In February Aaron Bradley sent me an email to let me know that I had a duplicate content problem on this blog. He had just uncovered and rectified this issue on his own blog and was kind enough to give me a heads up.
The problem comes in the way that WordPress handles comment pagination. The default setting essentially creates a duplicate comment page.
Here's what it looks like in the wild. Two pages with the same exact content.
That's not good. Not good at all.
The comment-page-1 issue offends my own SEO sensibilities, but how big of a problem is it really?
There are 28 million inurl results for comment-page-1. 28 million!
Do the same inurl search for comment-page-2 and you get about 5 million results. This means that only 5 million of these posts attracted enough comments to create a second paginated comment page. Subtract one from the other and you wind up with 23 million duplicate pages.
The Internet is a huge place so this is probably not a large percentage of total pages but ... it's material in my opinion.
Change Your Discussion Settings
If you're running a WordPress blog I implore you to do the following.
Go to your WordPress Dashboard and select Settings --> Discussions.
Unchecking the 'break comments into pages' setting will ensure you're not creating duplicate comment pages moving forward. Prior comment-page-1 URLs did redirect, but seemed to be doing so using a 302 (yuck). Not satisfied I sought out a more permanent solution.
Implement an .htaccess RewriteRule
It turns out that this has been a known issue for some time and there's a nice solution to the comment-page-1 problem in the WordPress Forum courtesy of Douglas Karr. Simply add the following rewrite rule to your .htaccess file.
RewriteRule ^(.*)/comment-page-1/ $1/ [R=301,L]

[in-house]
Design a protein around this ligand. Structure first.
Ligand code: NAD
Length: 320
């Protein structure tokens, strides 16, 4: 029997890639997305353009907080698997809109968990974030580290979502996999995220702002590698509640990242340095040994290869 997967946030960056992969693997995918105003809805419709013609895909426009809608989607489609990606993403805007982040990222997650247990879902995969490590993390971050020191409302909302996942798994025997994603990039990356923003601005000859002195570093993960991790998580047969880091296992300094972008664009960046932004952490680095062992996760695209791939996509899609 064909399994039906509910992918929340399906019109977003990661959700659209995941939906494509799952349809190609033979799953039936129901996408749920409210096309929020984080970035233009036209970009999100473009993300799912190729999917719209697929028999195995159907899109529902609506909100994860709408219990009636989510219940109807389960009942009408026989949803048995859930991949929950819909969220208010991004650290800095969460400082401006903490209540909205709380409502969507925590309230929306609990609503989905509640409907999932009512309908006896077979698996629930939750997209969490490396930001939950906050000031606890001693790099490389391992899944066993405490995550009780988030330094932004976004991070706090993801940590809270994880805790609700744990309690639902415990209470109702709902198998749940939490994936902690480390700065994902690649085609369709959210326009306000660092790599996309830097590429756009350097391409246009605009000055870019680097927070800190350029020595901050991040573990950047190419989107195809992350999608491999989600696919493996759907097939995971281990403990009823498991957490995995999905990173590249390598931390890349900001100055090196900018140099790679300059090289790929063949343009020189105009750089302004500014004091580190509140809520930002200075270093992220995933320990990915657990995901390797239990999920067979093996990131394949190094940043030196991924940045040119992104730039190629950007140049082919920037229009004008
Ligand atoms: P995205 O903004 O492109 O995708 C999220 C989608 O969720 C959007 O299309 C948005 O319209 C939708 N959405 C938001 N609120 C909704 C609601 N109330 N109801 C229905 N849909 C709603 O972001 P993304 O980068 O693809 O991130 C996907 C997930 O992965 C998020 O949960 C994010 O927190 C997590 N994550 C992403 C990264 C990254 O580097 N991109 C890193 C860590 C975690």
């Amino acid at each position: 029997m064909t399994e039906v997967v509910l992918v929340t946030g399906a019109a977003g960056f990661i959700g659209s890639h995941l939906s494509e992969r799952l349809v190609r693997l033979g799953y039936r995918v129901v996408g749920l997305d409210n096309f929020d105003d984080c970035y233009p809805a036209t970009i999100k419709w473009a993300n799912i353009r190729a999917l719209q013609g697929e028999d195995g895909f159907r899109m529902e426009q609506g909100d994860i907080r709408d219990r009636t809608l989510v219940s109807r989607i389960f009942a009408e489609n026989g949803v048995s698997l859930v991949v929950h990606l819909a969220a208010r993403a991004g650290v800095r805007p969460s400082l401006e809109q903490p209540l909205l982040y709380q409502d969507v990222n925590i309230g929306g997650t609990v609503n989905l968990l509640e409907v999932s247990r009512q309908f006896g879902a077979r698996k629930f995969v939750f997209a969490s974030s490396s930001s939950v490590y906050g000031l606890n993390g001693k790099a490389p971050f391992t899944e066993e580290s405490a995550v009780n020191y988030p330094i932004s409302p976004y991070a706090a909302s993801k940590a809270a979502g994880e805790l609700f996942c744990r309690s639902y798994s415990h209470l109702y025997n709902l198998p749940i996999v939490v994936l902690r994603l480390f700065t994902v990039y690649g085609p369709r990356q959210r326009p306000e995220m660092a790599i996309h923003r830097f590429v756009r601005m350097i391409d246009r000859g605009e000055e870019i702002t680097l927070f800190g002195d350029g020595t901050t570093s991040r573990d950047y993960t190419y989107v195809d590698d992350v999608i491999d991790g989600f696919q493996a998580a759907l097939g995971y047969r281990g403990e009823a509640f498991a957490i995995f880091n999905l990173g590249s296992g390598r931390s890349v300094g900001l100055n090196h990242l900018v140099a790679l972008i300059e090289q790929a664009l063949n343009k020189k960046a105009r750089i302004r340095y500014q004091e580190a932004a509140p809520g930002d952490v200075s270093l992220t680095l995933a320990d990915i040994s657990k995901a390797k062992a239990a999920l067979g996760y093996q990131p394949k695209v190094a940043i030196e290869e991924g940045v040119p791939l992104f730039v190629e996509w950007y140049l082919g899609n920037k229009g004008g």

This puts 301s in place for any comment-page-1 URL. You could probably use this and keep the 'break comments into pages' setting on, which would remove duplicate comment-page-1 URLs but preserve comment-page-2 and above.
Personally, I'd rather have the comments all on one page or move to a commenting platform. So I turned the 'break comments into pages' setting off and went a step further in my rewrite rule.
RewriteRule ^.*/comment-page-.* $1/ [R=301,L]
This puts 301s in place for any comment-page-#. Better safe than sorry.
Don't Rely on rel=canonical
Many of the comment-page-1 URLs have a rel=canonical in place. However, sometimes it is set up improperly.
Here the rel=canonical actually reinforces the duplicate comment-page-1 URL. I'm not sure if this is a problem with the Meta SEO Pack or simple user error in using that plugin.
Many times the rel=canonical is set up just fine.
The All in One SEO Pack does have a Canonical URL option. I don't use that option but I'm guessing it probably addresses this issue. The problem is that rel=canonical doesn't stick nearly as well as a 301.
So even though this post from over three months ago has a rel=canonical, the comment-page-1 URL is still being returned. In fact, there are approximately 110 instances of this on this domain alone.
Stop Comment-Page-1 Spam
23 million pages and counting. Sure, it would be nice if WordPress would fix this issue, but short of that it's up to us to stop this. Fix your own blog and tell a friend.
Friends don't let friends publish duplicate content.